Healthy Growth?

What happens when 91 percent of eligible Service Employees International Union members do not vote on two options to merge health care locals in California? Just ask the international executive board of the SEIU. After the nine percent vote, the SEIU board voted Jan. 9 to create a single union of long-term (home care and nursing home) workers statewide.


Three locals would form the proposed new health care union of 240,000 workers: Local 521 in San Jose, Local 6434 in Los Angeles and United Healthcare Workers-West in Oakland. According to the SEIU, the new union of a quarter-million long-term care would be better able to resist state spending cuts due to California’s growing budget deficit, a consequence of the collapsing real estate market.


The SEIU says in part that a single union will help to build unity against Gov. Arnold Schwarzenegger’s proposed spending cuts to human services. An example is the In-Home Supportive Services program, which serves 400,000 infirm and low-income Californians. 


“Under the reorganization, California long term care workers will be among the most powerful political and economic forces in the state—positioned to fight draconian budget and wage cuts and to press for meaningful long term budget solutions in Sacramento,” said Michelle Ringuette of the SEIU in a press statement. It is worth noting that the UHW is not the only union whose members care for IHHS patients.


The UHW, with 65,000 members who labor in long-term care, opposes the SEIU’s bid for consolidation. UHW President Sal Rosselli and 71 of the union’s elected officers sent a Jan. 9 letter to SEIU President Andy Stern, requesting permission for members to vote on disaffiliating from the SEIU.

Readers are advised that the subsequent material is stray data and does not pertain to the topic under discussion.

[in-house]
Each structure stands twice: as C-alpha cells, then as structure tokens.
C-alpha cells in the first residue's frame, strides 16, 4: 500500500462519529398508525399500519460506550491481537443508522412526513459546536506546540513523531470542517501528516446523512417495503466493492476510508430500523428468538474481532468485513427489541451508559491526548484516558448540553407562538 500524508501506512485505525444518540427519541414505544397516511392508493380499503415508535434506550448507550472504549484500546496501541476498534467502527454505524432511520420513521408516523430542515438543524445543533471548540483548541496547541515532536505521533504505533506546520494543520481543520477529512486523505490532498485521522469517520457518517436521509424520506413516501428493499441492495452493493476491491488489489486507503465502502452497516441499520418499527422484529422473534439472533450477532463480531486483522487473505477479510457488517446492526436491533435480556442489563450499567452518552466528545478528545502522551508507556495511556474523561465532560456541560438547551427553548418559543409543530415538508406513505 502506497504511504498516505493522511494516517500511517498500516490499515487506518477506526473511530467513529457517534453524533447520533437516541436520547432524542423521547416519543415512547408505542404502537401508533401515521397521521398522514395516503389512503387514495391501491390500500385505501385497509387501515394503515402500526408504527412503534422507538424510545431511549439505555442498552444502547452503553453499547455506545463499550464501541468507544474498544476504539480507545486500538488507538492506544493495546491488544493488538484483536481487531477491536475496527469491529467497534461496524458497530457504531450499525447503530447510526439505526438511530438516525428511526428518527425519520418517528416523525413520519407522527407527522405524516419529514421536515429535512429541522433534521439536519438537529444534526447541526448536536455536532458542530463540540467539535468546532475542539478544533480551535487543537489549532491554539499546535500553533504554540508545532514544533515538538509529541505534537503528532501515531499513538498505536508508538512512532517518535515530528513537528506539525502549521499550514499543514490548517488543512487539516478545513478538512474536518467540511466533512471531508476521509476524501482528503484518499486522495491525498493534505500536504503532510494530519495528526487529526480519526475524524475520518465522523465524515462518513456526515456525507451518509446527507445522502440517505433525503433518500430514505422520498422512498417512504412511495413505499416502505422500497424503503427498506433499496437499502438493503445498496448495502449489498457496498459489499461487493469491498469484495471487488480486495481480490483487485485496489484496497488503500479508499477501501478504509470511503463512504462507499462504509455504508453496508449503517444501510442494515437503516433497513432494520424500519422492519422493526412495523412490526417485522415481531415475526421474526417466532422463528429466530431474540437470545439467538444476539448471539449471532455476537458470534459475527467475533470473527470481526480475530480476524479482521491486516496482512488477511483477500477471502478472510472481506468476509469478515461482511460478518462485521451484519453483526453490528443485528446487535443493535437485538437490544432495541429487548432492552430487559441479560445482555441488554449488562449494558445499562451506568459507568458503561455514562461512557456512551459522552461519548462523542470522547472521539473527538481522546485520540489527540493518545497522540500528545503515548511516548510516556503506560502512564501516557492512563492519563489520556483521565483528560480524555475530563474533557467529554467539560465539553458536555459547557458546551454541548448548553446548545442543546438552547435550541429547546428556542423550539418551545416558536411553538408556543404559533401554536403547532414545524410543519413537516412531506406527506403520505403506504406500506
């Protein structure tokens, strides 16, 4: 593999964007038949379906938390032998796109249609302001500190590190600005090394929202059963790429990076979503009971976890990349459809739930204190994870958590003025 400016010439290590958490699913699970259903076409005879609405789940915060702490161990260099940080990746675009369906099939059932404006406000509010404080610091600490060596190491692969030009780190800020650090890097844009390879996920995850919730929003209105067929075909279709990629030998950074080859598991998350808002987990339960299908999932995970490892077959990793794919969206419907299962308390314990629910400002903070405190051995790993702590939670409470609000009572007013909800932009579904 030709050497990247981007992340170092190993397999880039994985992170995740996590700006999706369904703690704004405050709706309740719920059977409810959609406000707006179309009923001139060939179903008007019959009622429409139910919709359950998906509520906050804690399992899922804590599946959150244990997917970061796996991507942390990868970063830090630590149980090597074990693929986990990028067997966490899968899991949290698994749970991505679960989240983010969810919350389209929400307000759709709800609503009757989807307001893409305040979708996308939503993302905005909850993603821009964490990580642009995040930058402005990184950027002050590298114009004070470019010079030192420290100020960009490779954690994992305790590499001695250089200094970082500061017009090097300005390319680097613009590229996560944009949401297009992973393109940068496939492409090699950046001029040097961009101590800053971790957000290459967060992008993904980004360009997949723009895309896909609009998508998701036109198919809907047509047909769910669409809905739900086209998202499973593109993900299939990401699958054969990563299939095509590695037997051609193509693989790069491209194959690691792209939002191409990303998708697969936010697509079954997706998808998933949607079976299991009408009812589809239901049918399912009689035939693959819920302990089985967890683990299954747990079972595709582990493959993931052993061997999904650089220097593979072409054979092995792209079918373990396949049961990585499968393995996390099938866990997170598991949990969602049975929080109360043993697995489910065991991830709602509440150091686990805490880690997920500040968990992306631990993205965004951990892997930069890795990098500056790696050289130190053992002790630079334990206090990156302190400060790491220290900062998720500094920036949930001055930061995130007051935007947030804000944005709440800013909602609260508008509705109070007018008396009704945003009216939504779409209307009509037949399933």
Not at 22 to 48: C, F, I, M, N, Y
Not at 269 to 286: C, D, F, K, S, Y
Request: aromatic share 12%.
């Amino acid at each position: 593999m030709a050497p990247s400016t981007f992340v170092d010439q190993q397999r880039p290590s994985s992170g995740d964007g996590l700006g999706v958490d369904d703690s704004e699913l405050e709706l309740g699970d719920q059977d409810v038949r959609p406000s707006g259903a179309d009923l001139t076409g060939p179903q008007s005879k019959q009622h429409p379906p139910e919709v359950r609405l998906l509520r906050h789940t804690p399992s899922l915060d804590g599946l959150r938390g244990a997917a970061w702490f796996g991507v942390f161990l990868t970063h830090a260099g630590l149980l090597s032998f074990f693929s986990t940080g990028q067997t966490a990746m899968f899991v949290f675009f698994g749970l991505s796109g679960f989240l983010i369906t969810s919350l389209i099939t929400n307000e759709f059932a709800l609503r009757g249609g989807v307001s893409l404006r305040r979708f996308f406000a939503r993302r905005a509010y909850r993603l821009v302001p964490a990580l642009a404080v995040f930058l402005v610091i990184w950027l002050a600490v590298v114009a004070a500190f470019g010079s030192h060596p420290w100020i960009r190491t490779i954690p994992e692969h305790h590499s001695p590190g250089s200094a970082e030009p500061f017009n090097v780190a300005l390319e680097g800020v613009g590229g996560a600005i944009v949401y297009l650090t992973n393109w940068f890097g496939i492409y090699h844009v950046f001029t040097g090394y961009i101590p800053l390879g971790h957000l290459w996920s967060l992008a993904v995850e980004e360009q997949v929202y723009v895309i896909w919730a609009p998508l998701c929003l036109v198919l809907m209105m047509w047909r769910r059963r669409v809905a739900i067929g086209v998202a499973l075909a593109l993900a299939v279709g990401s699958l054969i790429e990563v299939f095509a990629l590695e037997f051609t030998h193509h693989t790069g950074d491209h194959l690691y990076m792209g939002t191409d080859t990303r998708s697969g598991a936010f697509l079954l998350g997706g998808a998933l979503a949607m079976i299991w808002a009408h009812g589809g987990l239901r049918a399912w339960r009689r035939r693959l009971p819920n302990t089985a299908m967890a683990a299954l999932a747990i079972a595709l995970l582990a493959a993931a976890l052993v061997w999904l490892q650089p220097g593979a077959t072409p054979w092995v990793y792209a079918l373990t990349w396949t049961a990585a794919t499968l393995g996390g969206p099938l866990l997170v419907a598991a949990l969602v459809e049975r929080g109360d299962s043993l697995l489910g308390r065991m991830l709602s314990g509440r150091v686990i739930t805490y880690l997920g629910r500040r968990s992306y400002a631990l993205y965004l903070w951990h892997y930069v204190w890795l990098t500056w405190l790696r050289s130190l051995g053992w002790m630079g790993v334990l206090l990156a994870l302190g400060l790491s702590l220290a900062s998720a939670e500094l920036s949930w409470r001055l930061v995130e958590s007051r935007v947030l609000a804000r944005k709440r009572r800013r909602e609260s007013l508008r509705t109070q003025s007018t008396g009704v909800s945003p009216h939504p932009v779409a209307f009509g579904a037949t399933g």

This UHW missive notes that the SEIU constitution provides a procedure for a disaffiliation vote within 60 days. So what is the problem? At the same time, the constitution forbids members or officers to support this ballot. According to the UHW, Stern requested the inclusion of this language into the constitution last year: “no officer of a local union … shall support or assist any efforts to dissolve, secede or disaffiliate from the International Union.” Those who violate this language are subject to disciplinary action.


Recent coverage in the LA Times and NY Times has omitted this free speech issue in the SEIU and UHW conflict. That omission influences the view of both unions in the court of public opinion.


Meanwhile, the UHW members’ vote to disaffiliate from the SEIU may be a moot point. Consider this.


“National SEIU officials are expected to launch a hostile takeover of UHW” in a matter of days, according to a Jan. 18 press release from Sadie Crabtree of the UHW. If that takeover, or trusteeship, does occur, it would be on the watch of President Obama. Both the SEIU and UHW campaigned for him last fall.




Seth Sandronsky lives and writes in Sacramento ssandronsky@yahoo.com

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